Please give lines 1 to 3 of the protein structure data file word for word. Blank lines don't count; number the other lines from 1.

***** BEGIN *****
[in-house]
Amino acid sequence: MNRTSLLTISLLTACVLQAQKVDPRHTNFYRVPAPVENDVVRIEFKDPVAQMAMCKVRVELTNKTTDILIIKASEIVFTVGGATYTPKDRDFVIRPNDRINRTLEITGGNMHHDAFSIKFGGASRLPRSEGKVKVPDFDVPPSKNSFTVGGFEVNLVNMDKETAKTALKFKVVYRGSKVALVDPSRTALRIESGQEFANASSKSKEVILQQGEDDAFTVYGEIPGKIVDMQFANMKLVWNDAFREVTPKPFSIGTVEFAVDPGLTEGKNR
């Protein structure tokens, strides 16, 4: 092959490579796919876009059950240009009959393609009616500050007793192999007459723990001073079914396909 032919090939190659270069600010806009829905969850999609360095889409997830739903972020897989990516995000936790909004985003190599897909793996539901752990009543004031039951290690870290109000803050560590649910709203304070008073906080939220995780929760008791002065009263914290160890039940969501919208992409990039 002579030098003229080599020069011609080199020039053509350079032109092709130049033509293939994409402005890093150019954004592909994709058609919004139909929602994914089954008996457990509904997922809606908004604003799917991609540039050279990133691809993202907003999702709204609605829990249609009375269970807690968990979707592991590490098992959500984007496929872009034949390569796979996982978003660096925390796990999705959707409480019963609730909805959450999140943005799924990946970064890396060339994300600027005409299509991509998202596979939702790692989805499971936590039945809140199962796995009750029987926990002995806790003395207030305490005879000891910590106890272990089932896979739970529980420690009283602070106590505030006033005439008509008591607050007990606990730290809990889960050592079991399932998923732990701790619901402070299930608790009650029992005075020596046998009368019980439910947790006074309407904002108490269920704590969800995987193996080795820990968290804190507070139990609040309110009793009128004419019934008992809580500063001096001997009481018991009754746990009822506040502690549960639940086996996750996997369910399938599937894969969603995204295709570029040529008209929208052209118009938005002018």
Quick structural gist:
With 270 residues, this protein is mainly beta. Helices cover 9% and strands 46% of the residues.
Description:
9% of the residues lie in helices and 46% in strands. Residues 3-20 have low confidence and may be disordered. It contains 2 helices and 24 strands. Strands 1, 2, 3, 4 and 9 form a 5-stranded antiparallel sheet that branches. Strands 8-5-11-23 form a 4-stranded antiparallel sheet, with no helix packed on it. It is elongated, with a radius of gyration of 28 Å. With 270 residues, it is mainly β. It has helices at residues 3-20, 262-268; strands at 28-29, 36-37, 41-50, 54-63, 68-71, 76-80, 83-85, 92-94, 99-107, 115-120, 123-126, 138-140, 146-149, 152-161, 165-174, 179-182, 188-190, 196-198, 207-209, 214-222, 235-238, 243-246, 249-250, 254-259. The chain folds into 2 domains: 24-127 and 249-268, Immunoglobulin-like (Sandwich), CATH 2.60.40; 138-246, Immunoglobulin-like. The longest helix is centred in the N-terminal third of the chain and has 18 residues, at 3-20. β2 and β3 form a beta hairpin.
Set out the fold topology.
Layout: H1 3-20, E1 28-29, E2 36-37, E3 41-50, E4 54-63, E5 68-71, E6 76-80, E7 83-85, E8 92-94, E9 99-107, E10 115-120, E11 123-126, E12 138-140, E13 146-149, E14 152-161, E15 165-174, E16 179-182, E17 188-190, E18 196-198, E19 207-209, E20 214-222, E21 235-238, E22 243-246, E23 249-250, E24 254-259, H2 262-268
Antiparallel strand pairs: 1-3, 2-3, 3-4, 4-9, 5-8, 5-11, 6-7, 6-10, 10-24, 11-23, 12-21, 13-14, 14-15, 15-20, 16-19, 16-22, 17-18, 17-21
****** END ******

[in-house]
Amino acid sequence: MNRTSLLTISLLTACVLQAQKVDPRHTNFYRVPAPVENDVVRIEFKDPVAQMAMCKVRVELTNKTTDILIIKASEIVFTVGGATYTPKDRDFVIRPNDRINRTLEITGGNMHHDAFSIKFGGASRLPRSEGKVKVPDFDVPPSKNSFTVGGFEVNLVNMDKETAKTALKFKVVYRGSKVALVDPSRTALRIESGQEFANASSKSKEVILQQGEDDAFTVYGEIPGKIVDMQFANMKLVWNDAFREVTPKPFSIGTVEFAVDPGLTEGKNR
């Protein structure tokens, strides 16, 4: 092959490579796919876009059950240009009959393609009616500050007793192999007459723990001073079914396909 032919090939190659270069600010806009829905969850999609360095889409997830739903972020897989990516995000936790909004985003190599897909793996539901752990009543004031039951290690870290109000803050560590649910709203304070008073906080939220995780929760008791002065009263914290160890039940969501919208992409990039 002579030098003229080599020069011609080199020039053509350079032109092709130049033509293939994409402005890093150019954004592909994709058609919004139909929602994914089954008996457990509904997922809606908004604003799917991609540039050279990133691809993202907003999702709204609605829990249609009375269970807690968990979707592991590490098992959500984007496929872009034949390569796979996982978003660096925390796990999705959707409480019963609730909805959450999140943005799924990946970064890396060339994300600027005409299509991509998202596979939702790692989805499971936590039945809140199962796995009750029987926990002995806790003395207030305490005879000891910590106890272990089932896979739970529980420690009283602070106590505030006033005439008509008591607050007990606990730290809990889960050592079991399932998923732990701790619901402070299930608790009650029992005075020596046998009368019980439910947790006074309407904002108490269920704590969800995987193996080795820990968290804190507070139990609040309110009793009128004419019934008992809580500063001096001997009481018991009754746990009822506040502690549960639940086996996750996997369910399938599937894969969603995204295709570029040529008209929208052209118009938005002018």